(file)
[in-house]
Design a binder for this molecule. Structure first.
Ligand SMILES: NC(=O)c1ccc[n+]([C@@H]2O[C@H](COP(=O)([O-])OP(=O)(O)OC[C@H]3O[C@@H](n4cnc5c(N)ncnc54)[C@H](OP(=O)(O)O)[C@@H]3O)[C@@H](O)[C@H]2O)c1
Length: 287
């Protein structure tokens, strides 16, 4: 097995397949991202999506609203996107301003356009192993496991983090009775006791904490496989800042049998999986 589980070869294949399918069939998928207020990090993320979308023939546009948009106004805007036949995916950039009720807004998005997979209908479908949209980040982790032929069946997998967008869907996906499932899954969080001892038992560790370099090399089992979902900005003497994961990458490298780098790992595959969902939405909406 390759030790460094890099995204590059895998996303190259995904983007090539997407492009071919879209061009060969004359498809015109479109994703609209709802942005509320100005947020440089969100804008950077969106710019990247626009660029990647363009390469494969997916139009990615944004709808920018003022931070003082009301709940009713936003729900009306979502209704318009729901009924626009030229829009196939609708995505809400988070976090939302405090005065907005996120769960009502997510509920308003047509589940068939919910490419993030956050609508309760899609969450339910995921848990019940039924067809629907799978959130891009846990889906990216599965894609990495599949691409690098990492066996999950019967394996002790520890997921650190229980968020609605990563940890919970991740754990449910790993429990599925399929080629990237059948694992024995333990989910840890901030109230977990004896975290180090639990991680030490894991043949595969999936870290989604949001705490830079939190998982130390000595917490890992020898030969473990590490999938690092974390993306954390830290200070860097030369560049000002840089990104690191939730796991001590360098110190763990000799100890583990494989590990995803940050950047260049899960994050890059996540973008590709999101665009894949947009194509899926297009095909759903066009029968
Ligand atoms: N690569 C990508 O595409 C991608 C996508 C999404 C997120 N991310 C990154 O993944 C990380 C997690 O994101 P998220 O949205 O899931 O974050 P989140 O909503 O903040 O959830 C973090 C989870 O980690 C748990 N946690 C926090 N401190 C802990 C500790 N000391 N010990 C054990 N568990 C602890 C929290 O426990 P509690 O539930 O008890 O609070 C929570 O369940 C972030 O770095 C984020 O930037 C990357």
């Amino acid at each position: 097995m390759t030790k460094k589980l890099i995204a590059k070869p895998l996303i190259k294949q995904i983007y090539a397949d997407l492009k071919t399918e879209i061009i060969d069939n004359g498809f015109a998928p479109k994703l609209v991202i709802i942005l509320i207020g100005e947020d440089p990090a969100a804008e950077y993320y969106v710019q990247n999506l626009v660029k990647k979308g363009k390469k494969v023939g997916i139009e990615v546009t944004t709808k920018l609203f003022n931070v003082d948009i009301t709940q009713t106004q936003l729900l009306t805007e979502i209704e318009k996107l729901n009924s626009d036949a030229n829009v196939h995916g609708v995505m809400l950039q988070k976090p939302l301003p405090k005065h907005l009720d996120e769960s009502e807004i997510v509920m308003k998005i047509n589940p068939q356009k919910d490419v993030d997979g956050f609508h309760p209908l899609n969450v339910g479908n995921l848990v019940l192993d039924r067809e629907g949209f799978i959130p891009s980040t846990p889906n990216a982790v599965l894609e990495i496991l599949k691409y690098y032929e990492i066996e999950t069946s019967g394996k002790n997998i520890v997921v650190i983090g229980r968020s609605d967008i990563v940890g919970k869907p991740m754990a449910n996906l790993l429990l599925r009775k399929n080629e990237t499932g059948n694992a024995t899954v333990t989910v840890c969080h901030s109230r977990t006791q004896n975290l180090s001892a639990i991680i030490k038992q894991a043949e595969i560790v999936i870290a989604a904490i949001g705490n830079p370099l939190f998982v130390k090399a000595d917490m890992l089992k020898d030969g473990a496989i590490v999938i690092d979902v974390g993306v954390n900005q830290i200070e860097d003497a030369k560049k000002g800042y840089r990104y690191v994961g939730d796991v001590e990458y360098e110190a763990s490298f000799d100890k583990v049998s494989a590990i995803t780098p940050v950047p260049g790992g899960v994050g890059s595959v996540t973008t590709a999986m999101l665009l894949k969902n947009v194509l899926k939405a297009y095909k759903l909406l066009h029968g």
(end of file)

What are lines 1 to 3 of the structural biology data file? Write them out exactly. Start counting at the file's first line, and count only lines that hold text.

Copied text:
[in-house]
Design a binder for this molecule. Structure first.
Ligand SMILES: NC(=O)c1ccc[n+]([C@@H]2O[C@H](COP(=O)([O-])OP(=O)(O)OC[C@H]3O[C@@H](n4cnc5c(N)ncnc54)[C@H](OP(=O)(O)O)[C@@H]3O)[C@@H](O)[C@H]2O)c1